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above stipulated for shall be re-established and maintained at their new residence, upon the same terms and conditions as are above provided for their removal and establishment west of the north and south line mentioned in the first article of this treaty.
Third. That the President of the United States will as soon as convenient after the ratification of this treaty, appoint a commissioner for the purpose, and cause a line to be run north from the painted or red rocks on the White Breast, to the southern boundary of the neutral ground, and south from the said rocks to the northern boundary of Missouri; and will have the said lines so marked and designated, that the Indians and white people may know the boundary which is to separate their possessions.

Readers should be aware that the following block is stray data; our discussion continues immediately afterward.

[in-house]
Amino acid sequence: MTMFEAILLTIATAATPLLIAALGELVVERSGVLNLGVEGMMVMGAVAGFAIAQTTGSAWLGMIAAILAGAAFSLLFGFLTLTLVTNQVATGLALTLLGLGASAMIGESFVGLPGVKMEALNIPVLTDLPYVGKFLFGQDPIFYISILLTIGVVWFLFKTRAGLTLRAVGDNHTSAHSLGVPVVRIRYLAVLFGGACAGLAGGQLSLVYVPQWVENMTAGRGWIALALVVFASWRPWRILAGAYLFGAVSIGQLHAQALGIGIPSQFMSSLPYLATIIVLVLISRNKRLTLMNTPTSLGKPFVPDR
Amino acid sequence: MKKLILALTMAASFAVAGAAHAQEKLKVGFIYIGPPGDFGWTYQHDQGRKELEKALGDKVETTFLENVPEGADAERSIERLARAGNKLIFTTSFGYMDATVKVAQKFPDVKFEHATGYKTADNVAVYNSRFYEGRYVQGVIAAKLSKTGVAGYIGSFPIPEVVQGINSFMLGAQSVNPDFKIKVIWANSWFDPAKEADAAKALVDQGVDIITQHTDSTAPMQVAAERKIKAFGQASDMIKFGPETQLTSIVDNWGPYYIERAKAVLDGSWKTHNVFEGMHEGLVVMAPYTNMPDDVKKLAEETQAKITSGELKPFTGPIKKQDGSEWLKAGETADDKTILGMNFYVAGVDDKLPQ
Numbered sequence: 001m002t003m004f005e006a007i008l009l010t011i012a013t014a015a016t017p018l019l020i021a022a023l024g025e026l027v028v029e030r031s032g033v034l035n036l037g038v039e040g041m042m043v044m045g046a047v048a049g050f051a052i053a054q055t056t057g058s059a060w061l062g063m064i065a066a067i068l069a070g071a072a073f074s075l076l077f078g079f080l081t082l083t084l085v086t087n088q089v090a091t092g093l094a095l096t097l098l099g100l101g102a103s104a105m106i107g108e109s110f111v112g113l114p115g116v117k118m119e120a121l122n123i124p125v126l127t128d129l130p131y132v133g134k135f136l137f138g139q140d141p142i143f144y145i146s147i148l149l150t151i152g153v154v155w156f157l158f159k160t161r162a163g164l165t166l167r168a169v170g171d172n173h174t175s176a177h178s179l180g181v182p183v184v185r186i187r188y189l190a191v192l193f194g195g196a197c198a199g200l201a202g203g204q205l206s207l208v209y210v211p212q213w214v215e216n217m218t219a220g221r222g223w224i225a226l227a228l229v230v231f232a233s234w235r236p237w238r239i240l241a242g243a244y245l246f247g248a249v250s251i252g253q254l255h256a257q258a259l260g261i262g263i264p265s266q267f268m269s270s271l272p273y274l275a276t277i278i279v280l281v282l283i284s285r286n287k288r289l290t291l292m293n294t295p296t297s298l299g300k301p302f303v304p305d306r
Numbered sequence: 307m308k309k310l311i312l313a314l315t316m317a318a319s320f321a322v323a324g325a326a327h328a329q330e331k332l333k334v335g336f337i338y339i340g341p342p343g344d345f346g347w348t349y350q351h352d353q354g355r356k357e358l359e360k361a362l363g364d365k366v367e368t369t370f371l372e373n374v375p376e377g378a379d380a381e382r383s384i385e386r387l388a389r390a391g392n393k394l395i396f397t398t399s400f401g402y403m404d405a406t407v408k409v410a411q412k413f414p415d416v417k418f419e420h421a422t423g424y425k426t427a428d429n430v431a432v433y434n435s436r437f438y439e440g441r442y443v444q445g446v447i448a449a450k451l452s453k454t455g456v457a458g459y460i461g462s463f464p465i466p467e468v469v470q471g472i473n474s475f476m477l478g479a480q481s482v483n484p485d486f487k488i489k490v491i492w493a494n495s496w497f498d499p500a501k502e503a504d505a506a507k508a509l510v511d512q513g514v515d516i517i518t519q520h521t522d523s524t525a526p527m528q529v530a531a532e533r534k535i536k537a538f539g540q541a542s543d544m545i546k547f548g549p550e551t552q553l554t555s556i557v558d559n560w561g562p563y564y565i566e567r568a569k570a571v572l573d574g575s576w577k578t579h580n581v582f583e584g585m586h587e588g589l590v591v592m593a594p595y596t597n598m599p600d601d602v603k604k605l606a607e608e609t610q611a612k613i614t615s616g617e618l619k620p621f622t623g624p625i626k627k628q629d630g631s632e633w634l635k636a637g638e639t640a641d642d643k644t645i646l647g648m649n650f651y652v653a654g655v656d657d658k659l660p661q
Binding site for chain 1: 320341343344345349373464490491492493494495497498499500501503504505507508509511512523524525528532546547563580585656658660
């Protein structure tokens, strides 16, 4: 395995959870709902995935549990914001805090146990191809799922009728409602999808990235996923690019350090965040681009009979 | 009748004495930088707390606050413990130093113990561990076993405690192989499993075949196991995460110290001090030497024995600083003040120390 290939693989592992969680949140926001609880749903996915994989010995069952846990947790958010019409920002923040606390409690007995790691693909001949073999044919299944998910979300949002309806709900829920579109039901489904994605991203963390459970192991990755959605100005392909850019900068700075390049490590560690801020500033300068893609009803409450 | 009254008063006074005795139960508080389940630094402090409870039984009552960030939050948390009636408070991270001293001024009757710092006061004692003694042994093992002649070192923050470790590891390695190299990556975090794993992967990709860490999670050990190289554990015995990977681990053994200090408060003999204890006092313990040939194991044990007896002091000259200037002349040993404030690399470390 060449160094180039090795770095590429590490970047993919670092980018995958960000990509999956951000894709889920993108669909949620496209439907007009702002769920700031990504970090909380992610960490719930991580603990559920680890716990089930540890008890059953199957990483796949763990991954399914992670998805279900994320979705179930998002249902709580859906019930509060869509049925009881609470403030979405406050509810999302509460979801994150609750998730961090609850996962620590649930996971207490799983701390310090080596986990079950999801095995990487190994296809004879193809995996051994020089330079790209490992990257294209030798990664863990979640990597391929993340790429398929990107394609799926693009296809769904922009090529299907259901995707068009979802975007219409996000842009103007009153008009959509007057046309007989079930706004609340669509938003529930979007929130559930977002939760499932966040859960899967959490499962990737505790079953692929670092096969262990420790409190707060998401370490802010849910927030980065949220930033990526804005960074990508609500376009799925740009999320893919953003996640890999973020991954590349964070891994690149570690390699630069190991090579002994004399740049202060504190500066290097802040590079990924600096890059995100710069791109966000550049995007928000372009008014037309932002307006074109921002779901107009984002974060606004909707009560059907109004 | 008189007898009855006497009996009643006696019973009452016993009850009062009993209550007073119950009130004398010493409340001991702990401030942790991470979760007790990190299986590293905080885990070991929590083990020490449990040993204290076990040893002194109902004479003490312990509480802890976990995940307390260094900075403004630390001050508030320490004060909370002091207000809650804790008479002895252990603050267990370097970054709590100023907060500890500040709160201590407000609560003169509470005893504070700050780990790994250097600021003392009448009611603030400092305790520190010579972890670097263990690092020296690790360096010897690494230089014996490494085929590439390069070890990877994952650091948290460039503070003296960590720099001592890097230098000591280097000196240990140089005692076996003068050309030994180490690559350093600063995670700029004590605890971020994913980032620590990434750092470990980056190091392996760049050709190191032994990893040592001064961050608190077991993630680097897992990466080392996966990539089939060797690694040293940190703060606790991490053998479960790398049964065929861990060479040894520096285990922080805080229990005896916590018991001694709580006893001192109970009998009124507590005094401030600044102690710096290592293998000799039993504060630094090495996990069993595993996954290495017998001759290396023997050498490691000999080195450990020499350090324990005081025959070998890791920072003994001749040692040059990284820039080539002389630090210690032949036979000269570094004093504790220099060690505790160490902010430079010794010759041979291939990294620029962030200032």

Boundary to be run and
The Sacs and Foxes agree that they will remove to the west side of the line running north and south from the painted or red rocks on the Indians. White Breast, on or before the first of May next, and that so soon after the President shall have assigned them a residence upon the waters of the Missouri, as their chiefs shall consent to do so, the tribe will remove to the land so assigned them; and that if they do not remove before the expiration of the term of three years, they will then remove at their own expense; and the United States agree, that whenever the chiefs shall give notice to the Commissioner of Indian Affairs of the time at which they will commence their removal to the land to be assigned them by the President, a quantity of provisions sufficient for their subsistence while removing, shall be furnished them at their agency, and an addi- removal. tional quantity, not exceeding one years supply shall be delivered to them upon their arrival upon the lands assigned them; the cost and expenses of which supplies shall be retained out of any money payable to them by the United States.